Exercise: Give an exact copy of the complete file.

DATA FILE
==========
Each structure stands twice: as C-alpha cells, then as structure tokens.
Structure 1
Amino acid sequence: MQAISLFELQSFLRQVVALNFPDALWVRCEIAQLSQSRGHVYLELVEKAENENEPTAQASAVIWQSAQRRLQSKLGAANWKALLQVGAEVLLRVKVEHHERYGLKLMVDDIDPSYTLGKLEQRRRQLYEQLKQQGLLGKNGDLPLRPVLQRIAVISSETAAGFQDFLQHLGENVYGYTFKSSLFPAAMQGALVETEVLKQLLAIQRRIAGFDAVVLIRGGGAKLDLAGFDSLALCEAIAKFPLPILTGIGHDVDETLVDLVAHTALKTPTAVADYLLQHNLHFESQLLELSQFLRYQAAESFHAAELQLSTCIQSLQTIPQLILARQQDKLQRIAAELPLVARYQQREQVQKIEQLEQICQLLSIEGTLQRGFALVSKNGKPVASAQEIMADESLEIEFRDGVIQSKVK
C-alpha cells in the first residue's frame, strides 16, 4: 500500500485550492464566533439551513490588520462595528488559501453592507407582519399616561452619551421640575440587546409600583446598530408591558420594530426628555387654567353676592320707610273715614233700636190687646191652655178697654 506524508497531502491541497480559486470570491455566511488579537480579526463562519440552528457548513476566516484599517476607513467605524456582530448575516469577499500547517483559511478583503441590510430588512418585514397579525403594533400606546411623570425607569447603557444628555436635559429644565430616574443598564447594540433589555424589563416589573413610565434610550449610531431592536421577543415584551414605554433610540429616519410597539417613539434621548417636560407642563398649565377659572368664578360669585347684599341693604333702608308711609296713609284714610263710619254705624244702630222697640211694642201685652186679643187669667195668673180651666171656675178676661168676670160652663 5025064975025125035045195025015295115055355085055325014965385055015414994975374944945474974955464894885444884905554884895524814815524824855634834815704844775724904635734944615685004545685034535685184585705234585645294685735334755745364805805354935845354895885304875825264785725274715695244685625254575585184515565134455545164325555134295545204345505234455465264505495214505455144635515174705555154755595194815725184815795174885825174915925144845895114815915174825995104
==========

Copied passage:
Each structure stands twice: as C-alpha cells, then as structure tokens.
Structure 1
Amino acid sequence: MQAISLFELQSFLRQVVALNFPDALWVRCEIAQLSQSRGHVYLELVEKAENENEPTAQASAVIWQSAQRRLQSKLGAANWKALLQVGAEVLLRVKVEHHERYGLKLMVDDIDPSYTLGKLEQRRRQLYEQLKQQGLLGKNGDLPLRPVLQRIAVISSETAAGFQDFLQHLGENVYGYTFKSSLFPAAMQGALVETEVLKQLLAIQRRIAGFDAVVLIRGGGAKLDLAGFDSLALCEAIAKFPLPILTGIGHDVDETLVDLVAHTALKTPTAVADYLLQHNLHFESQLLELSQFLRYQAAESFHAAELQLSTCIQSLQTIPQLILARQQDKLQRIAAELPLVARYQQREQVQKIEQLEQICQLLSIEGTLQRGFALVSKNGKPVASAQEIMADESLEIEFRDGVIQSKVK
C-alpha cells in the first residue's frame, strides 16, 4: 500500500485550492464566533439551513490588520462595528488559501453592507407582519399616561452619551421640575440587546409600583446598530408591558420594530426628555387654567353676592320707610273715614233700636190687646191652655178697654 506524508497531502491541497480559486470570491455566511488579537480579526463562519440552528457548513476566516484599517476607513467605524456582530448575516469577499500547517483559511478583503441590510430588512418585514397579525403594533400606546411623570425607569447603557444628555436635559429644565430616574443598564447594540433589555424589563416589573413610565434610550449610531431592536421577543415584551414605554433610540429616519410597539417613539434621548417636560407642563398649565377659572368664578360669585347684599341693604333702608308711609296713609284714610263710619254705624244702630222697640211694642201685652186679643187669667195668673180651666171656675178676661168676670160652663 5025064975025125035045195025015295115055355085055325014965385055015414994975374944945474974955464894885444884905554884895524814815524824855634834815704844775724904635734944615685004545685034535685184585705234585645294685735334755745364805805354935845354895885304875825264785725274715695244685625254575585184515565134455545164325555134295545204345505234455465264505495214505455144635515174705555154755595194815725184815795174885825174915925144845895114815915174825995104